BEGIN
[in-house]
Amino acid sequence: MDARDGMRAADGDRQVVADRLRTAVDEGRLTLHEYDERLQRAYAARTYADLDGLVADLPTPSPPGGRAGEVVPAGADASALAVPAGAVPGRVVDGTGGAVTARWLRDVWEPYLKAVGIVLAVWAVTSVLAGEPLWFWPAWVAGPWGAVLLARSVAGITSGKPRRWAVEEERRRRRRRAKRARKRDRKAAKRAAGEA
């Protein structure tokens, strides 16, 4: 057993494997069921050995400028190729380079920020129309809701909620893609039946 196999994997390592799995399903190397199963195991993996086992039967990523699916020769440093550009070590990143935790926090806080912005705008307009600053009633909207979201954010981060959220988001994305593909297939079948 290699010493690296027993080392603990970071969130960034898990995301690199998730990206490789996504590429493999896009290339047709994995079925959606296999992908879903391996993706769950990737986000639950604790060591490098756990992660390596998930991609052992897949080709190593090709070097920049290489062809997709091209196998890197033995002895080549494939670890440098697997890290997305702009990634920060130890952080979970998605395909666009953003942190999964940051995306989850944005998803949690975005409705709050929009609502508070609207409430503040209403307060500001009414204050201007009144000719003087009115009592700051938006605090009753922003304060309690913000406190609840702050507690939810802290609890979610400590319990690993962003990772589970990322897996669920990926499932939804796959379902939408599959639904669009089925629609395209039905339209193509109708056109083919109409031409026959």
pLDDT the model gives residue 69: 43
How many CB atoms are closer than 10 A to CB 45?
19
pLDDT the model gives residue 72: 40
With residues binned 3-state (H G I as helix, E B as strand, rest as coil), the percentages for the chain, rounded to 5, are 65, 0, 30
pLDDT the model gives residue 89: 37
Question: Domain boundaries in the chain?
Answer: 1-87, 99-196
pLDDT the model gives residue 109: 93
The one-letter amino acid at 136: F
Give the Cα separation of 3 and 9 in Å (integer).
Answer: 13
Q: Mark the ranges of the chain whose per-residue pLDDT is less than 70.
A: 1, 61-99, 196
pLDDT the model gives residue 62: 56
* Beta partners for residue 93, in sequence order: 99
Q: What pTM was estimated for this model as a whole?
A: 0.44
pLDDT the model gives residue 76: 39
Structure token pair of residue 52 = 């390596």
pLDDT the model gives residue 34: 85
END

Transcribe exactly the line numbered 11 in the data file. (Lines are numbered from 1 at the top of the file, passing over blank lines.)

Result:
Answer: 1-87, 99-196